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Wednesday, December 30, 2015

Men and Bystander Intervention

"There are many great empowerment-based self-defense classes that can give women strategies for avoiding, interrupting, and stopping harassment. In Chicago, Thousand Waves Martial Arts & Self-Defense Center, NFP and IMPACT Chicago are great resources.  For all the men who wish to be allies to women who experience harassment, I'd suggest reading a bit about how to do so in a way that doesn't dis-empower women." Marie O/Brien
Marie suggests reading Colorado State University Men and Bystander Intervention: "Because most perpetrators of gender violence are men, many bystander intervention programs focus on the ways that men  can intervene when they see other men committing gender violence. This can be an effective 
approach but it’s important to take masculine socialization into consideration as to not encourage a strategy that will cause more harm. Most men have been socialized to protect women … and it’s not a bad thing necessarily to want to make sure people are safe (regardless of gender)…Men often make the mistake of assuming that women need the help of men. Sometimes women would appreciate some help, other times it’s unwarranted… The organization Men Can Stop Rape offers some suggestions for men who want to intervene in a way that doesn’t take agency away from the person on whose behalf you’re considering intervening. Note that these tactics involve things like checking in with that person, using low-key methods like calling her cell phone, and generally keeping the intervention fairly covert as to not escalate the situation."


Monday, December 21, 2015

Domestic Violence Survivors Speak Out About Law Enforcement

The National Domestic Hotline with the assistance of TK Logan, University of Kentucky, surveyed 637 survivors of domestic violence who called the Hotline. The average of participants was 30 and mostly white (56%) with 15% Hispanic and 11% African-American.

Twenty-five percent of the women who had called the police in the past said they would not call again. Both women who had called the police and women who hadn’t stated calling the police would make things worse (1/2) and expressed fear that the police would not believe them or do nothing (2/3)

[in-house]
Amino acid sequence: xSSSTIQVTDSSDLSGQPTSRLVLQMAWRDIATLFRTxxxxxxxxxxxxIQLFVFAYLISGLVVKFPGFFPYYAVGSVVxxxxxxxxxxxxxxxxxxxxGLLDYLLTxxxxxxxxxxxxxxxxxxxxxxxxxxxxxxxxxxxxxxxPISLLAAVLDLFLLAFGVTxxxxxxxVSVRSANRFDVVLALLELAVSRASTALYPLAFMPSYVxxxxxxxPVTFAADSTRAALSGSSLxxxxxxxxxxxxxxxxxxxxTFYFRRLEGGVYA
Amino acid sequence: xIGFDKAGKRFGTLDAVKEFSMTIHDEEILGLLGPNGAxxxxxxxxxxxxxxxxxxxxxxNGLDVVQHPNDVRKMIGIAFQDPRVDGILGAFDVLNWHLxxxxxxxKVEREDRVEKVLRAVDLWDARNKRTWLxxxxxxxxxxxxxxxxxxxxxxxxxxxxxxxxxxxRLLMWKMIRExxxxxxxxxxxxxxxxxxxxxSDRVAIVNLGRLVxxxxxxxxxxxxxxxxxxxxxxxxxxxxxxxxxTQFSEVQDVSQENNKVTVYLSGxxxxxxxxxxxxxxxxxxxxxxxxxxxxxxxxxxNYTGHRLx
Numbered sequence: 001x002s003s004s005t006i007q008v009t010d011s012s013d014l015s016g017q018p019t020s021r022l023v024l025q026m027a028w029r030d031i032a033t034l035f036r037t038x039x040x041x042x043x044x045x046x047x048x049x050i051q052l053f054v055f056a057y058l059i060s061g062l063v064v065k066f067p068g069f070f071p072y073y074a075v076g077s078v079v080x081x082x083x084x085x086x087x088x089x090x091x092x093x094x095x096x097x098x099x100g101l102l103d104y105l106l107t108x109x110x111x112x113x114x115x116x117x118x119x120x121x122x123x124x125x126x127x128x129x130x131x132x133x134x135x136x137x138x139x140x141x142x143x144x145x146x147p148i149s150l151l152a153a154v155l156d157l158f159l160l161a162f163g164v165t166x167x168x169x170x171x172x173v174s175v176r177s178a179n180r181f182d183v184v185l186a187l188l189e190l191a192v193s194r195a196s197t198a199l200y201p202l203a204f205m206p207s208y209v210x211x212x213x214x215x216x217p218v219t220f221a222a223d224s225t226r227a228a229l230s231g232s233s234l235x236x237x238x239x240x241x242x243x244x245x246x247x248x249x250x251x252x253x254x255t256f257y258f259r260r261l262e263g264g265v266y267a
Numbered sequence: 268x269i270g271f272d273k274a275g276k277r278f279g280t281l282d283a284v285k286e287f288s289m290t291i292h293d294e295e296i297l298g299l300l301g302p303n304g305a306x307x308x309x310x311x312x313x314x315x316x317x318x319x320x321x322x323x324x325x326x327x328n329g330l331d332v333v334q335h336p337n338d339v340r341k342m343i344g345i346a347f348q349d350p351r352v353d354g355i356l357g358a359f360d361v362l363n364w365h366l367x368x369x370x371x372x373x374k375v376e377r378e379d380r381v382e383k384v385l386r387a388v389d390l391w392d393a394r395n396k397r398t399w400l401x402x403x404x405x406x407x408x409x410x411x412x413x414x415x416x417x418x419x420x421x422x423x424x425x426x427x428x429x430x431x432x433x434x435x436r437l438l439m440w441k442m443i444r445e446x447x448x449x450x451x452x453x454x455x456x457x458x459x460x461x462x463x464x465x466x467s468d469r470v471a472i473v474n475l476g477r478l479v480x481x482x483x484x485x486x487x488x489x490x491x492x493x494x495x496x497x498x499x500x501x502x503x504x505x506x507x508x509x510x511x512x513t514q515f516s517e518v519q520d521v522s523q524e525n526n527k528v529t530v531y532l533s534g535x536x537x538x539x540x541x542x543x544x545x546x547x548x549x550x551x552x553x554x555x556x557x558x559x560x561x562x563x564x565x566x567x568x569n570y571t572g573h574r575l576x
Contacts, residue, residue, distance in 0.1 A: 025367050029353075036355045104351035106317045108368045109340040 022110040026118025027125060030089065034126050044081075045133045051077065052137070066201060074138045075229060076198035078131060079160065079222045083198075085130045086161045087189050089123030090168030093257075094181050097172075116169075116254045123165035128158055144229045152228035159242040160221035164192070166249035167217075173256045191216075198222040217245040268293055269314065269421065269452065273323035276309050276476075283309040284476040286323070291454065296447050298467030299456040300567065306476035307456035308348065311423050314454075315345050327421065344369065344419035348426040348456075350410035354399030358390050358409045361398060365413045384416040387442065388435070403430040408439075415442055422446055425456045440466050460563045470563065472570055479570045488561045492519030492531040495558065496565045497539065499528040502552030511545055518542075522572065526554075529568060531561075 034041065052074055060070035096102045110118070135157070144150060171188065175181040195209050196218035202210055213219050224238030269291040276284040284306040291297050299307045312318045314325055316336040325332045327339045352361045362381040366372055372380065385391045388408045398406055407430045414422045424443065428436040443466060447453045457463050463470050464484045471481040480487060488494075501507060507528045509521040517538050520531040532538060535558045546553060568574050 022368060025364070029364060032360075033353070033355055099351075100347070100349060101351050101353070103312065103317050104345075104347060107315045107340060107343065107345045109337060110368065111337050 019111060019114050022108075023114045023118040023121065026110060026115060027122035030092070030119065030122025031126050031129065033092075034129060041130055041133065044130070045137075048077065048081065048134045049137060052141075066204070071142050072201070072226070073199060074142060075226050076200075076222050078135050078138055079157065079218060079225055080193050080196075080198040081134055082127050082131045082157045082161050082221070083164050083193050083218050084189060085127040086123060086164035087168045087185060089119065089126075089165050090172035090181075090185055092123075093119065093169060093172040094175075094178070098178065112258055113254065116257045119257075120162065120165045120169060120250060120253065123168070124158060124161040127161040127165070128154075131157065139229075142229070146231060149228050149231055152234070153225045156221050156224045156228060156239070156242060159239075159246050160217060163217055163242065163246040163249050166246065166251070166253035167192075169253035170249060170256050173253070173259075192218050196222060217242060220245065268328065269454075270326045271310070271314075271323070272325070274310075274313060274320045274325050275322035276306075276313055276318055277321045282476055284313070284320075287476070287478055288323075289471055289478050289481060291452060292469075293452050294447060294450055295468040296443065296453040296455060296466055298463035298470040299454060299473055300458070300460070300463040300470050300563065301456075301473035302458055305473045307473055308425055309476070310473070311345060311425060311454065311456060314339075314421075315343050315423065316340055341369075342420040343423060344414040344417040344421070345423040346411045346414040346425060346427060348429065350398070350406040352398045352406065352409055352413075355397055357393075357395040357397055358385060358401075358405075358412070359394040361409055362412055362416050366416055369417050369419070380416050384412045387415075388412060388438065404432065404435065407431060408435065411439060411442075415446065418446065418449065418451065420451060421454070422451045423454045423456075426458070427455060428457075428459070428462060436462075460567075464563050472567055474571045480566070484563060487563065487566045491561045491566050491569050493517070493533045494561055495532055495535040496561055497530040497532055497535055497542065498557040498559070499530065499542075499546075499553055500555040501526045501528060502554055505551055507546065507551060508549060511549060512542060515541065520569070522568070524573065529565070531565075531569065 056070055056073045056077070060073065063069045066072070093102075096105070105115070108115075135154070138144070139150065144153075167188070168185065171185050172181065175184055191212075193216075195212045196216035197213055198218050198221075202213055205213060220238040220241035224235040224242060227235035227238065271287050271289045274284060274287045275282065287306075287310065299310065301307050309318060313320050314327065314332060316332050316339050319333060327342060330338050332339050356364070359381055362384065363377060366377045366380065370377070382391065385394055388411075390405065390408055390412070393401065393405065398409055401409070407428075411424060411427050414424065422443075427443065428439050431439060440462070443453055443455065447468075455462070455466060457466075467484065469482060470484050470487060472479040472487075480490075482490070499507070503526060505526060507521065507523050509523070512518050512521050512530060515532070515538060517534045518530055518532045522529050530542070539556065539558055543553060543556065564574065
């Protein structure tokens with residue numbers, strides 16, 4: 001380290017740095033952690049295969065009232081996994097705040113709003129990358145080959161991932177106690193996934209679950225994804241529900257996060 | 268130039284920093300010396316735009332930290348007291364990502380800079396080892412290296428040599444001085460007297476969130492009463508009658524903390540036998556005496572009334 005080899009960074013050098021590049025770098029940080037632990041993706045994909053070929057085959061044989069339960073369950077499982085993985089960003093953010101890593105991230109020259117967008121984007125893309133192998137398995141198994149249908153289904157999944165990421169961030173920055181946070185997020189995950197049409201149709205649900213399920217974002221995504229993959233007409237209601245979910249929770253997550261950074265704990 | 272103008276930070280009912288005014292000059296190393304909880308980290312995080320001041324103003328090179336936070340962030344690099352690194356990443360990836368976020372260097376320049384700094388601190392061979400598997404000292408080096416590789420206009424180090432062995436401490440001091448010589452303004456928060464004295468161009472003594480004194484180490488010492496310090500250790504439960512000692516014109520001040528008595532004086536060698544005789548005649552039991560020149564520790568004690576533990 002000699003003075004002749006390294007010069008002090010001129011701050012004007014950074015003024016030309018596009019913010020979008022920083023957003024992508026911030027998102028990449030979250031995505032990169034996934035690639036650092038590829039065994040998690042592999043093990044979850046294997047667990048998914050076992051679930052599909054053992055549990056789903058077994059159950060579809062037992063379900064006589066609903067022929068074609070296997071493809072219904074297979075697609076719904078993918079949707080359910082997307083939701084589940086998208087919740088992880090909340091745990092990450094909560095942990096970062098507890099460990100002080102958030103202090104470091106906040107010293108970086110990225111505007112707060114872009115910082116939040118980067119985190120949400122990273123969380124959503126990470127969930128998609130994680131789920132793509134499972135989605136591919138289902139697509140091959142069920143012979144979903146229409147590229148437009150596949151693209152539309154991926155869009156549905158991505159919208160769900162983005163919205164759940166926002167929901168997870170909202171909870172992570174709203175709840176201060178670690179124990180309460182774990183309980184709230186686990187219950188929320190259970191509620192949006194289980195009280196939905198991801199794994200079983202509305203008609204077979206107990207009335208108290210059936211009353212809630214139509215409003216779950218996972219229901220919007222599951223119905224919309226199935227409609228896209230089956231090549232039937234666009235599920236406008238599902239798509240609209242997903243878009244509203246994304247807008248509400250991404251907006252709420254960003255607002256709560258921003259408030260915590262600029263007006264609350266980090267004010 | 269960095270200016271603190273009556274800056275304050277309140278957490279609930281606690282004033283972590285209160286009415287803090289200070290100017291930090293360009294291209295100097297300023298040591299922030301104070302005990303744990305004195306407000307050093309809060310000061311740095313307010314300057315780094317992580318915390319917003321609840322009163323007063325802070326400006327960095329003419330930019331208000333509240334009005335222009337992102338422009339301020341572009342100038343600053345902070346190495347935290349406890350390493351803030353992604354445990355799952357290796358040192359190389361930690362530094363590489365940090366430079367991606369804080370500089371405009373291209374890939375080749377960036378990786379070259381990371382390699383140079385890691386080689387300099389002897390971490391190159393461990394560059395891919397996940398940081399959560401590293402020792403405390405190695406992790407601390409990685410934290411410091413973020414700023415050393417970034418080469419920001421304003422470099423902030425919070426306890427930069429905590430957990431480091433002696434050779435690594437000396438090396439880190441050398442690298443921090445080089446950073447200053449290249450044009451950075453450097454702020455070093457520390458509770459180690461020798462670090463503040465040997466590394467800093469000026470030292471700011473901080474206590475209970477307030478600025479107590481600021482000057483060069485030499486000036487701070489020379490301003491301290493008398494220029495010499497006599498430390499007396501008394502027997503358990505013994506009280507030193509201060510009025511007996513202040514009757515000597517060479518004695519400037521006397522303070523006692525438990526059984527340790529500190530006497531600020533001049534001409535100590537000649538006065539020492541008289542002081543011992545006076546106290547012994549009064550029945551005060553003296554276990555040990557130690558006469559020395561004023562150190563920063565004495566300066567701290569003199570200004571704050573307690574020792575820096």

The report recommends that law enforcement responses to survivors must be based on the following principles:

• Treating survivors with dignity and respect

• Giving survivors their “voice” during encounters

• Being neutral and transparent in their actions”

For more information or to read the full report: National Domestic Violence Hotline, Who Will Help Me? Domestic Violence Survivors Speak Out About Law Enforcement Responses. Washington, DC (2015).

Monday, December 14, 2015

Caring for Each Other After Violence

In “Caring For Each Other After Violence: 4 Things We Can Do To Create Trauma-Informed Communities in Our Schools, Organizations and Activist Groups,” CarmenLeah Ascencio identifies four things we can do to build trauma-informed communities:

1. Build on and affirm our cultures and history

2. Increase physical and emotional safety

3. Build trust

4. Foster collaboration, power sharing and choice

For the details about each of these four things, check out her essay on the reader-funded, non-profit project Black Girls Dangerous (BGD).



Monday, December 7, 2015

Who Benefits from Dissing Self-Defense Training?

In Asking for It: The Alarming Rise of Rape Culture and What We Can Do About , Kate Harding presumes that self-defense blames victims, restricts women’s freedom, and is not part of the anti-violence movement. See Jane Fight Back responds to Harding’s distorted views of self-defense reminding everyone that: “…making women aware of their rights to defend themselves, and offering them training in self-defense skills, empowers women to move freely about the world and make the choices that are best for them – choices like how short to wear their skirts, or what beverages they consume, or which neighborhoods they frequent, or yes, whether to go for the groin or the solar plexus if someone is trying to assault or rape them. “

For more
Harding, Kate. September 17, 2015. “We demand that women live in fear and behave impeccably to avoid ‘asking for it.’” The Guardian. 

See Jane Fight Back. September 19, 2015. “Protest the ‘Asking for It’ Rhetoric by Dissing Self-Defense ?